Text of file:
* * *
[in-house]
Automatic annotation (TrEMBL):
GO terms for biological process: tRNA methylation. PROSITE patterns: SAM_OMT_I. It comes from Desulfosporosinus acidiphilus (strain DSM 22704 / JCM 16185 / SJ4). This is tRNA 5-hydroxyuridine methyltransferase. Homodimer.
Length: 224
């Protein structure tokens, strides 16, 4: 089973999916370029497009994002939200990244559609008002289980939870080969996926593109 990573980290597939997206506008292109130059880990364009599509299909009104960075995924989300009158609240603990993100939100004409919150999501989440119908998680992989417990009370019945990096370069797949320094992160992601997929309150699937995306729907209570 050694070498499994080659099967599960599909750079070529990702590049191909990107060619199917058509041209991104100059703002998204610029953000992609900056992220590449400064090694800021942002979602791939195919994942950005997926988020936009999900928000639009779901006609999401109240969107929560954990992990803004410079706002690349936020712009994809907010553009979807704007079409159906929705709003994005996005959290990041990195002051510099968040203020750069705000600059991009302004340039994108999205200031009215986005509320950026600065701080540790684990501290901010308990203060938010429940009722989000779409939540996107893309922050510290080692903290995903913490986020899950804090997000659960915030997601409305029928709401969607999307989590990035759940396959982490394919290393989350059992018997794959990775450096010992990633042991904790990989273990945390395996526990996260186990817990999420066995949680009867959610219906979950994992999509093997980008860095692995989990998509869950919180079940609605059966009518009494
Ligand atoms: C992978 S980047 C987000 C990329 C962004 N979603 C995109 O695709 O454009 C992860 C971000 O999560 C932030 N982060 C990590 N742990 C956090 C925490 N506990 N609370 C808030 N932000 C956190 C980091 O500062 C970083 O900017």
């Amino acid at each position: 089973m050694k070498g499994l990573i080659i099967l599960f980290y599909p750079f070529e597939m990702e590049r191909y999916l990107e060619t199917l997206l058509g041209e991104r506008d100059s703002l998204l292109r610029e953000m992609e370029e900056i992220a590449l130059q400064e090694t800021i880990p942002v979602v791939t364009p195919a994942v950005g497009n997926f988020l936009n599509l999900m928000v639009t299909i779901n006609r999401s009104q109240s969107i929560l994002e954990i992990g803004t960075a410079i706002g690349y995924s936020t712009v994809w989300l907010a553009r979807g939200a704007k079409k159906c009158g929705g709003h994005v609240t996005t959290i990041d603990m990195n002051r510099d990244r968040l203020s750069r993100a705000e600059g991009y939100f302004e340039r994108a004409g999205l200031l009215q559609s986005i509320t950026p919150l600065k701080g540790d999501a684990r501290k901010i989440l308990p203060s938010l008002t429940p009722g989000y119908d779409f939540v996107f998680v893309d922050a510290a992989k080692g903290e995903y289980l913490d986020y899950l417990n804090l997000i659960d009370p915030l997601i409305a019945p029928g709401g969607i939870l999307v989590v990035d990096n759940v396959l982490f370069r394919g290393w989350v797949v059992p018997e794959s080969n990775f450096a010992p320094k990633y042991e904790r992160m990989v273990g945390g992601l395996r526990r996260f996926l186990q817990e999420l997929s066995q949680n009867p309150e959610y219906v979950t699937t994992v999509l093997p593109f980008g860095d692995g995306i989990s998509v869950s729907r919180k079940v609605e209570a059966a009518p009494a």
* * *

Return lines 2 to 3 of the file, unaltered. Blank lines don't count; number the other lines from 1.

Automatic annotation (TrEMBL):
GO terms for biological process: tRNA methylation. PROSITE patterns: SAM_OMT_I. It comes from Desulfosporosinus acidiphilus (strain DSM 22704 / JCM 16185 / SJ4). This is tRNA 5-hydroxyuridine methyltransferase. Homodimer.